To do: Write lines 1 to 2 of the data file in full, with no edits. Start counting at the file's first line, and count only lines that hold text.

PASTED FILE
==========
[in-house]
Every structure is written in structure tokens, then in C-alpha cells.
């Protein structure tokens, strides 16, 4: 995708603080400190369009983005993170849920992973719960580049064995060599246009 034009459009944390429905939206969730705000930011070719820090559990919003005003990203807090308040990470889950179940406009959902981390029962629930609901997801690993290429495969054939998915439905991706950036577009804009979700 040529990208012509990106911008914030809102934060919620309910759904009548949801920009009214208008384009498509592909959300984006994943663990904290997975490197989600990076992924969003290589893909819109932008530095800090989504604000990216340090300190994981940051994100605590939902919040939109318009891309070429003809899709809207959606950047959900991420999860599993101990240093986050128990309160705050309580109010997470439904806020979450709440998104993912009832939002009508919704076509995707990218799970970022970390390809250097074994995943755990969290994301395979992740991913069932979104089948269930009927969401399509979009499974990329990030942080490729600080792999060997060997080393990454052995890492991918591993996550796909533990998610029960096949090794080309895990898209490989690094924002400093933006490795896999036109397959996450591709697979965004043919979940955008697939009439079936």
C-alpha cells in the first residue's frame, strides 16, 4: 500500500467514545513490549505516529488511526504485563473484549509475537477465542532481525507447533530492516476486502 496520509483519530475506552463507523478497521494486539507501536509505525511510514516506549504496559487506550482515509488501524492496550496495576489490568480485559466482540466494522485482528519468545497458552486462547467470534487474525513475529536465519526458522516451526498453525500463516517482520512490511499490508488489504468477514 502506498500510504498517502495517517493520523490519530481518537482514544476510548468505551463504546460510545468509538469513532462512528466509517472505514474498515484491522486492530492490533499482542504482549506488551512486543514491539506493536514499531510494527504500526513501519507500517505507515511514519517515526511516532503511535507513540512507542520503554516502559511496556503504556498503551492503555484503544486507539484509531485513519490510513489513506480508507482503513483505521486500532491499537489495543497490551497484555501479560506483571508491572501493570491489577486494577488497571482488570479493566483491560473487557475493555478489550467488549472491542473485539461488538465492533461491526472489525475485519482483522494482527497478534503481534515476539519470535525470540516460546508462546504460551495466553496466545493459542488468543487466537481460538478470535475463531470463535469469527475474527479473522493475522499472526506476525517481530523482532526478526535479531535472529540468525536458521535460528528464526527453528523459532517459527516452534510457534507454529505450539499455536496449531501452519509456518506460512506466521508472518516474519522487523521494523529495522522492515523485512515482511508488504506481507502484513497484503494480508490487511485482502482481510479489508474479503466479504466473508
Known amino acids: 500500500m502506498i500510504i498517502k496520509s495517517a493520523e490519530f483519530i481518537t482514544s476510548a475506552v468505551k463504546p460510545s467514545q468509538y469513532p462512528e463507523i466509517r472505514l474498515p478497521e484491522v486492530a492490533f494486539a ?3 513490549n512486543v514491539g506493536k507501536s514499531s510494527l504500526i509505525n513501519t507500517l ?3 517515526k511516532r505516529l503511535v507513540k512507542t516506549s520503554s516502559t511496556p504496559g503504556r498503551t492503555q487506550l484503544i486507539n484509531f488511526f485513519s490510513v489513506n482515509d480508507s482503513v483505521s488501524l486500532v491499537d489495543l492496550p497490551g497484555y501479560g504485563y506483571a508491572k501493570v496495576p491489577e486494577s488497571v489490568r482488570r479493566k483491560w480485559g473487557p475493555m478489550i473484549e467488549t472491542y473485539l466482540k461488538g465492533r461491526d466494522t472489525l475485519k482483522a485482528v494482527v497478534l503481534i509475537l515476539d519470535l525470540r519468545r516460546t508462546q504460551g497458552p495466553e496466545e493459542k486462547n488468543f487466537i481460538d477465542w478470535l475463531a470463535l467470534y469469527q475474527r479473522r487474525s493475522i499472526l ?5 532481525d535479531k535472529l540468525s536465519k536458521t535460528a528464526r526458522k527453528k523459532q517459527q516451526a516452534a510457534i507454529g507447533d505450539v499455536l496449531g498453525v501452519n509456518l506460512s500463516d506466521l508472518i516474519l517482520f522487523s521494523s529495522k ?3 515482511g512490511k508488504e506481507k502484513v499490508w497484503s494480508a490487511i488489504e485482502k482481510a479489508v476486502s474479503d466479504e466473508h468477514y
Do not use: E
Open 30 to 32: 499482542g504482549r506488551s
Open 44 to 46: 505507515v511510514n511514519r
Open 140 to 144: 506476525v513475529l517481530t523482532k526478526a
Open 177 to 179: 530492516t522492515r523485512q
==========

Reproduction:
[in-house]
Every structure is written in structure tokens, then in C-alpha cells.